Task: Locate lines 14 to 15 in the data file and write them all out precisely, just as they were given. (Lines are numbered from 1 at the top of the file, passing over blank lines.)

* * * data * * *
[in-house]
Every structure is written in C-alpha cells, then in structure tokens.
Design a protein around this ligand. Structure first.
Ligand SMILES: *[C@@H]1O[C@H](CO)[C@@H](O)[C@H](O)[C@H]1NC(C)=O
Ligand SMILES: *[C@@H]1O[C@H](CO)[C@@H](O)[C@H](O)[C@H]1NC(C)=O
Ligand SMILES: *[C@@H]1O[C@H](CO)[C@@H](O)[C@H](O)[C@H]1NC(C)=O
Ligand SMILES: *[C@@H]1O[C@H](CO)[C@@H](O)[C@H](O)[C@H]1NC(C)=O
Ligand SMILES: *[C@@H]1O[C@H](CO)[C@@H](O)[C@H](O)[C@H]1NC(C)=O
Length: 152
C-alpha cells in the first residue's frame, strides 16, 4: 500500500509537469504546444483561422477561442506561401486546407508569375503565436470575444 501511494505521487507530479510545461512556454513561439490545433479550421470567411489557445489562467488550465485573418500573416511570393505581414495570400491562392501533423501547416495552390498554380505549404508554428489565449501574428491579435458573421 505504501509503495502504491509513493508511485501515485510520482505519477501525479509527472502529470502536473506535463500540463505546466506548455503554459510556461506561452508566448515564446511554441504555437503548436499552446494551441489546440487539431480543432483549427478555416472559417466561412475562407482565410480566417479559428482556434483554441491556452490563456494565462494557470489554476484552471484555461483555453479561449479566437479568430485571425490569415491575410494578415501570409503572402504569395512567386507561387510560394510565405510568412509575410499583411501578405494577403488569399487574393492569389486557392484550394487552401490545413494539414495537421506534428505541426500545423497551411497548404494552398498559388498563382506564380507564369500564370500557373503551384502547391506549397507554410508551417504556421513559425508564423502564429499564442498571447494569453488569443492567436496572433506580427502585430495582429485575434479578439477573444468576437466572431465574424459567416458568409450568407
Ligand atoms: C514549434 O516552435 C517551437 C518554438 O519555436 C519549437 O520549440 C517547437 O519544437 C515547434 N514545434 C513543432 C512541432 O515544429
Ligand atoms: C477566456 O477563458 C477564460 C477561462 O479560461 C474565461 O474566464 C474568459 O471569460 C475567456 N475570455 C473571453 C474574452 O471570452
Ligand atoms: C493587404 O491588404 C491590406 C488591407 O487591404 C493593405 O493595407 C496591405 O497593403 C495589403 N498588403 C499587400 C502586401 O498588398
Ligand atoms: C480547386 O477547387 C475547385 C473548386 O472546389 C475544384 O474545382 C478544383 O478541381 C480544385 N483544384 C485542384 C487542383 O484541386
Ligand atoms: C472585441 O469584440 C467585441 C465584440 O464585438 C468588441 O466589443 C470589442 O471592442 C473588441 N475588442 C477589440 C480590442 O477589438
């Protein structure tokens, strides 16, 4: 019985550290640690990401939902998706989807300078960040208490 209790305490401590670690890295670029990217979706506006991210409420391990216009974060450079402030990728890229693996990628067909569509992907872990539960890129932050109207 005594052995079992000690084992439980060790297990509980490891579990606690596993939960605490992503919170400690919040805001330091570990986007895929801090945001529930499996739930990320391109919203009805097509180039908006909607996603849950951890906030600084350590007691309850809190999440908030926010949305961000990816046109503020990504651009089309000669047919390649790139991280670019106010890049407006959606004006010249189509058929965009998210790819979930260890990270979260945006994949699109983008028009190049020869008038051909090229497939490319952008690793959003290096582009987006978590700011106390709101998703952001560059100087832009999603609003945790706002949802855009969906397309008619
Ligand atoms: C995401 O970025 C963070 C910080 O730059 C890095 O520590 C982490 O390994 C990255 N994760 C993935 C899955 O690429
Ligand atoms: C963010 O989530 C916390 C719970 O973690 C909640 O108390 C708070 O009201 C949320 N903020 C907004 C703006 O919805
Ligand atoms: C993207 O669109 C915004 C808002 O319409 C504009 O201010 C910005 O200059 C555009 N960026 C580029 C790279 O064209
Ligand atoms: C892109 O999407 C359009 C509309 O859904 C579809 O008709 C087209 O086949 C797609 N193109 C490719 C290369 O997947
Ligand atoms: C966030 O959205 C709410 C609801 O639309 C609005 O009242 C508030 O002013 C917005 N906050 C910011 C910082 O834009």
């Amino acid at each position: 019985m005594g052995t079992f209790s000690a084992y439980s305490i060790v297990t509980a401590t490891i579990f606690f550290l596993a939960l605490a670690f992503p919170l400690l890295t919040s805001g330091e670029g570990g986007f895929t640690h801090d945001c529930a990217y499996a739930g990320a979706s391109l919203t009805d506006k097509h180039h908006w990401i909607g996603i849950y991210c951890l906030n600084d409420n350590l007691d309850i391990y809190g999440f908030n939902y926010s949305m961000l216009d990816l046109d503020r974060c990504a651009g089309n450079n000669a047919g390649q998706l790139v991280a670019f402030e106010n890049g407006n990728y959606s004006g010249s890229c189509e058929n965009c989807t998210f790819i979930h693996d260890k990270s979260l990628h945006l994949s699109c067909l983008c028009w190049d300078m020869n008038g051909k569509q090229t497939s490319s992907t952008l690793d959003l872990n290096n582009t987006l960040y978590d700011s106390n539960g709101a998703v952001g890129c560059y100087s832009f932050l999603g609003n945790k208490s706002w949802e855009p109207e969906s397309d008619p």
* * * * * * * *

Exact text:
Ligand atoms: C480547386 O477547387 C475547385 C473548386 O472546389 C475544384 O474545382 C478544383 O478541381 C480544385 N483544384 C485542384 C487542383 O484541386
Ligand atoms: C472585441 O469584440 C467585441 C465584440 O464585438 C468588441 O466589443 C470589442 O471592442 C473588441 N475588442 C477589440 C480590442 O477589438